Trans Socialization



Gonna be another one of my rants~ so we’ll see where this goes. Also note that this is all my personal experience, and if it’s similar to yours that’s great, but if not then that’s okay too.

Basically I’ve noticed how a bunch of people want to say CAMAB trans people have experienced male socialization and CAFAB trans people have experienced female socialization.

Usually when I see this it’s when cis people say how they can’t feel safe around CAMAB trans people due to our apparent male socialization. Most commonly with trans women in an effort to find some rational for keeping trans women out of women spaces. I’ll also see this same thing used as justification for trans men to be in women’s spaces because of their apparent female socialization and ‘shared girlhood’.

Now if you’re a CAMAB trans person who feels they have had male socialization that’s fine (same with CAFAB trans people vice versa). But I really don’t like this trend of implying that all trans people experience socialization in the same way.

So now to get to the meat of this post, I’ll be talking about how I personally view my own socialization.

As a trans woman looking at any part of my socialization as ‘male’ seems bizarre and completely wrong to me. I’m female so my socialization was female. However I also don’t buy into the whole ‘shared girlhood’ nonsense since everyone is raised so differently and in so many different circumstances.

Growing up I feel everyone is bombarded with different social expectations but whether or not we actually internalize any of that depends on our own personal identities. I saw things directed at girls and women and internalized what I felt should be directed at me. The thing about my socialization though is that I feel waaaaay too many people look at socialization through entirely a cis point of view.

Imagine from a trans point of view how conflicted a little girl would be when she’s told by society that she needs to be feminine, she needs to like ‘girly’ stuff, she needs to be softspoken, etc, etc. And internalizing all that. But then having the people around you telling you that you need to be more assertive, that you can’t be feminine, that we’ll hurt you with physical violence if you are any of those ‘girly’ things. And just not getting that at all.

My socialization was a society telling me how girls and women should act but then also threatening me with violence if I did so. And this isn’t male socialization at all. This is something completely different from male socialization. This is how I was socialized as a young trans girl.

I hate that we have to talk about our socialization in cis terms. I had female socialization because I’m female. But my experiences, and my continuing experiences are not the same as a cis woman’s. Much like how any marginalized (insert adjective - trans, neuroatypical, queer, fat, etc ) woman’s experiences are not the same as a skinny, hetero, cis, white woman’s experiences. And yet we hold that as some sort of standard to measure all others. What the hell.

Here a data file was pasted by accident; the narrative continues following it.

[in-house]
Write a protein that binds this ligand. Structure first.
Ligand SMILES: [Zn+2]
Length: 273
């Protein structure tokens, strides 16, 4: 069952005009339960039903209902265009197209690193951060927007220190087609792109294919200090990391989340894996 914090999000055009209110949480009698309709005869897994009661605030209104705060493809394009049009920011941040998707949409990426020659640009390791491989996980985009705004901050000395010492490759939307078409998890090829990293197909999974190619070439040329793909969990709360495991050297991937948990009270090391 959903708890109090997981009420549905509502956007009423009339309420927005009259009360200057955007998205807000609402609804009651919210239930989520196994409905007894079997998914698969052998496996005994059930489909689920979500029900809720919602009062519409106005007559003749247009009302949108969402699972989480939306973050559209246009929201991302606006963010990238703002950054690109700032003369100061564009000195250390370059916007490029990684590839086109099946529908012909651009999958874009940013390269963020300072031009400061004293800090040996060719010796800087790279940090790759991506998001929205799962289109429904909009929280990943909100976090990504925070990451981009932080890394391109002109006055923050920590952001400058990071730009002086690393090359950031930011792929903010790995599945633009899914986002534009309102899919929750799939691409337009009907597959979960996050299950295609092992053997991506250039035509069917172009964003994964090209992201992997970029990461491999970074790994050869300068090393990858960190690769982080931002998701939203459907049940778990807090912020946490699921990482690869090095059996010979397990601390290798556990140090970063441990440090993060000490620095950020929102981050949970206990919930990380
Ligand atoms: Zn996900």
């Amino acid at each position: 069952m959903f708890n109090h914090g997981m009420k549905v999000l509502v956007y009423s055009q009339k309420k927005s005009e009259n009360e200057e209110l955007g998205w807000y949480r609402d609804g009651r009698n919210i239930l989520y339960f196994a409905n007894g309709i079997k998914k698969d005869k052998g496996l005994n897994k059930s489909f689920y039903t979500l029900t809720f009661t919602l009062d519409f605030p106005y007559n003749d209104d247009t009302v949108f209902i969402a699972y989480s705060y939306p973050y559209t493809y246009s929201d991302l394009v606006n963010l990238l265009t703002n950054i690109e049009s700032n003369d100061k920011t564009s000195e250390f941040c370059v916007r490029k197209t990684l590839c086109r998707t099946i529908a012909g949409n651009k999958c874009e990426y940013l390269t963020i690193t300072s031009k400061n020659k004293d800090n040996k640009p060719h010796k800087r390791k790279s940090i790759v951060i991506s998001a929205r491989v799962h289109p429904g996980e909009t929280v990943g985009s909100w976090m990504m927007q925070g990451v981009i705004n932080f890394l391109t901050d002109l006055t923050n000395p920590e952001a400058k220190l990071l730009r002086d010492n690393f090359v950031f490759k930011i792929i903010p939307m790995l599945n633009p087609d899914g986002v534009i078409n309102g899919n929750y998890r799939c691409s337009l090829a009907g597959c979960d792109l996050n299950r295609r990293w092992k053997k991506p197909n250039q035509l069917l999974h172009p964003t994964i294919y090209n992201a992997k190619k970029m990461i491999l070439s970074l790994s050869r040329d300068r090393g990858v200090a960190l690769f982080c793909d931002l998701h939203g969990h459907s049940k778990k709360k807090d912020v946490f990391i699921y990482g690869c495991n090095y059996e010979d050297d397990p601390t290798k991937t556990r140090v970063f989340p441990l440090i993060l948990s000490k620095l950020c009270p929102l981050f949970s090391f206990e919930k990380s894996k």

Let’s stop buying into this cis narrative that we have to measure our worth and our experiences by what they’ve been through.

So yeah. I definitely had female socialization. But I also had trans socialization. And queer socialization. And a huge number of other internalized socialization all intersecting with each other and making my experiences my own.

The one thing I can say I didn’t have was male socialization.

—-ahhh this was really quickly written so bare with my rantings and lack of proof reading~ Feel free to comment or reblog, but again note that this is just how I view my own experiences and how I feel cis people are pushing their narratives onto trans people.

THIS, pretty much. I’m not a trans woman (anymore), but I am femme and so I internalized a lot of female socialization.

I first reblogged without commentary, but am now going to add a bit on why I reblogged this:

I am not reblogging because I believe that this is representative of all trans* people’s  experiences/relationships with socialization; rather this is one experience among many. (There are some aspects of this post that I don’t fully understand, such as “queer socialization,” in that we live in a heterosexist society and as such do not get exposed to many queer messages as we develop and studies have shown that the internalization of dominant culture ideals happens really early on and so internalized heterosexism happens from a young age. But I may be misinterpreting the author’s point.) 

That said, I think it is important to recognize and value the many different experiences people have as relates to gender, society, and development. This also highlights the need to move away from the tendency to apply concepts in static and rigid terms to groups that are not homogenous. This is not to say that these concepts are necessarily wrong, but that sometimes they do not reflect someone’s lived experience, and when that happens there is a need to listen to their experience, and perhaps come up with new concepts or adjust old ones to make room for people who’s experiences are not reflected in current concepts, or at least have a discussion about the difference between the conceptual and the experienced/lived world because sometimes these are divergent and that divergence may be an aspect of the concept. 

Sorry for the lack of clarity in this writing; I am feeling highly distracted by the snow outside which is a rarity here.

(via hairyqueerkid-deactivated201206)